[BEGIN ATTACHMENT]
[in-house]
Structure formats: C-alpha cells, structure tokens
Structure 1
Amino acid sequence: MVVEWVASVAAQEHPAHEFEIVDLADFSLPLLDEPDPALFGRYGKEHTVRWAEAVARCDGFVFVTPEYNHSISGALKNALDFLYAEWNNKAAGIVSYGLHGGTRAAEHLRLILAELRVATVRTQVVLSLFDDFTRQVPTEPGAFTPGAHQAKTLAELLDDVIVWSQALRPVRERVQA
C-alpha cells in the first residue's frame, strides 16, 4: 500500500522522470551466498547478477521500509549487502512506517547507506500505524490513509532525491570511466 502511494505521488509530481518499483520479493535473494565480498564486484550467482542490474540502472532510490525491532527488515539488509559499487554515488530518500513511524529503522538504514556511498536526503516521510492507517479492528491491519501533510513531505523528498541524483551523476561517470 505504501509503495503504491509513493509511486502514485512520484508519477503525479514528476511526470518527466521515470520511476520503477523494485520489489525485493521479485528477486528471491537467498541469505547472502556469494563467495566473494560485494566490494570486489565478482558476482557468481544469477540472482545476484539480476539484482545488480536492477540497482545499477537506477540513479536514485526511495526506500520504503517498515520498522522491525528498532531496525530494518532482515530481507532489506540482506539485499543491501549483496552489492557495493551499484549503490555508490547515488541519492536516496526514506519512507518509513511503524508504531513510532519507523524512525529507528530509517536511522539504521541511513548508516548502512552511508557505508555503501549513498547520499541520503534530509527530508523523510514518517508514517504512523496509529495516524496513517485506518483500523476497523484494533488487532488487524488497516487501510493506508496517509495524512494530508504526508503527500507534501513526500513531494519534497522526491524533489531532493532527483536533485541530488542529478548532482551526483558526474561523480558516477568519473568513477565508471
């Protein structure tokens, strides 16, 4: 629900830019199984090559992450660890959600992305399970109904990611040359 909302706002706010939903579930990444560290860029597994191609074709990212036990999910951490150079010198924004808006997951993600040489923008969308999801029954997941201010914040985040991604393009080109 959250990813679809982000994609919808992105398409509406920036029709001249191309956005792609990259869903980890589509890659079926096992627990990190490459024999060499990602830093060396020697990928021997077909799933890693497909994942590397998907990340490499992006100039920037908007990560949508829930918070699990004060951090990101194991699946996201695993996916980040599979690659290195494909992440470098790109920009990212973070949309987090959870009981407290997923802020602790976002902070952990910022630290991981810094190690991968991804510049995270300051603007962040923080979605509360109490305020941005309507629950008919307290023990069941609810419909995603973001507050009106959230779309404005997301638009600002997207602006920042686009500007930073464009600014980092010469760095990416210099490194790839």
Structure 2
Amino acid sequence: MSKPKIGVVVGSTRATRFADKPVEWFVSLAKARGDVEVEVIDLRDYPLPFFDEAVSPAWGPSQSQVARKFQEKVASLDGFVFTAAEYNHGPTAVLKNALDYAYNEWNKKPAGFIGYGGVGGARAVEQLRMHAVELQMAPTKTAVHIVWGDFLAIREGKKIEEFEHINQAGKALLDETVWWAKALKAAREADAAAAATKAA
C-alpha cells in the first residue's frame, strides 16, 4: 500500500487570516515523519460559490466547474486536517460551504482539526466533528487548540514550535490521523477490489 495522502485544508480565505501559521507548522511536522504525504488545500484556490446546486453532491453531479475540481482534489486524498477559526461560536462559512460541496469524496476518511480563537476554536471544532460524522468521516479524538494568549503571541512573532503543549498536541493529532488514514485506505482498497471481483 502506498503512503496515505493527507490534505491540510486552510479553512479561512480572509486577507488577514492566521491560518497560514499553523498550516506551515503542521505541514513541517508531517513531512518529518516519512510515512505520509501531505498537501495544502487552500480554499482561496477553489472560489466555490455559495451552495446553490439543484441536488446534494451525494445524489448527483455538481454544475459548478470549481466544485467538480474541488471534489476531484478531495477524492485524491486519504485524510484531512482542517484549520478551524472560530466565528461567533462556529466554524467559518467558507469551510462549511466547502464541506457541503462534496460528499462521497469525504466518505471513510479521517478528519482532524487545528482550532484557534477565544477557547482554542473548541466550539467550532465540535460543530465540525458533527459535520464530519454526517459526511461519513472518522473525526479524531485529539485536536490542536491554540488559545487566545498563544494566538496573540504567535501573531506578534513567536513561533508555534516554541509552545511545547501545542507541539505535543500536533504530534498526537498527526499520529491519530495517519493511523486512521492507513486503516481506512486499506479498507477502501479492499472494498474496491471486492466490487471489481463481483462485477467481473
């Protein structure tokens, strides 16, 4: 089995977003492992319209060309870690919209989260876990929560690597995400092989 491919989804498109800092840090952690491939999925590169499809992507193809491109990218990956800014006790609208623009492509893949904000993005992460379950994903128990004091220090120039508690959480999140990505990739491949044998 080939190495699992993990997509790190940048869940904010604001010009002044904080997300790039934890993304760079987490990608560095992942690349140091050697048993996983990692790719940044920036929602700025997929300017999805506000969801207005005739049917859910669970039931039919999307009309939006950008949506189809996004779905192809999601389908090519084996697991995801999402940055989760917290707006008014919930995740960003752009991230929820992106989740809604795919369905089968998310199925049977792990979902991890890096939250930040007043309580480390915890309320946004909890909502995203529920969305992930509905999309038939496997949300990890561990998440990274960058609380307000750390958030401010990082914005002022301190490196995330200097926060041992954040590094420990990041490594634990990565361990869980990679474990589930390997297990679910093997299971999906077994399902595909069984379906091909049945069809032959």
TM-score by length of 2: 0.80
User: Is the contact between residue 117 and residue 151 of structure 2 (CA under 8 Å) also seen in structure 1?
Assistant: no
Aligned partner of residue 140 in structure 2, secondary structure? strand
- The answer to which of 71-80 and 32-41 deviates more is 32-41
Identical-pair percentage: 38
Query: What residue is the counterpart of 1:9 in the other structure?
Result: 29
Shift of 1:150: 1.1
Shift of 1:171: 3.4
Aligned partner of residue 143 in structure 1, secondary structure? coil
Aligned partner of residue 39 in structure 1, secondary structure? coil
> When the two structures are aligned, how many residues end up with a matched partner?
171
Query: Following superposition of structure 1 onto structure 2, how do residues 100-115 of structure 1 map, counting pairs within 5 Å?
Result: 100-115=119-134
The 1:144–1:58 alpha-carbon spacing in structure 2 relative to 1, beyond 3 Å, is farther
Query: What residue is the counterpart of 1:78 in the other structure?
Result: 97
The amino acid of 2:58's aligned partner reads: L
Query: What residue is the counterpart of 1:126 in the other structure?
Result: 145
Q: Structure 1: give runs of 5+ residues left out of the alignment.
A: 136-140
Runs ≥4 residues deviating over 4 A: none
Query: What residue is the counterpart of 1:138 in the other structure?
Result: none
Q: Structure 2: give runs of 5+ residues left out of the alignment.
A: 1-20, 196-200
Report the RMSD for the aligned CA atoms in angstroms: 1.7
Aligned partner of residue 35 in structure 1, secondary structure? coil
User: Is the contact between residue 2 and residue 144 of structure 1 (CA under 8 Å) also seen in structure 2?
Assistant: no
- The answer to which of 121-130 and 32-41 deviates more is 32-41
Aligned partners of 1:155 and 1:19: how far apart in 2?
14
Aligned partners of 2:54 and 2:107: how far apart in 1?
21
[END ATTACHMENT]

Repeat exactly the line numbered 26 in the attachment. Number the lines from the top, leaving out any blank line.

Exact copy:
Result: 100-115=119-134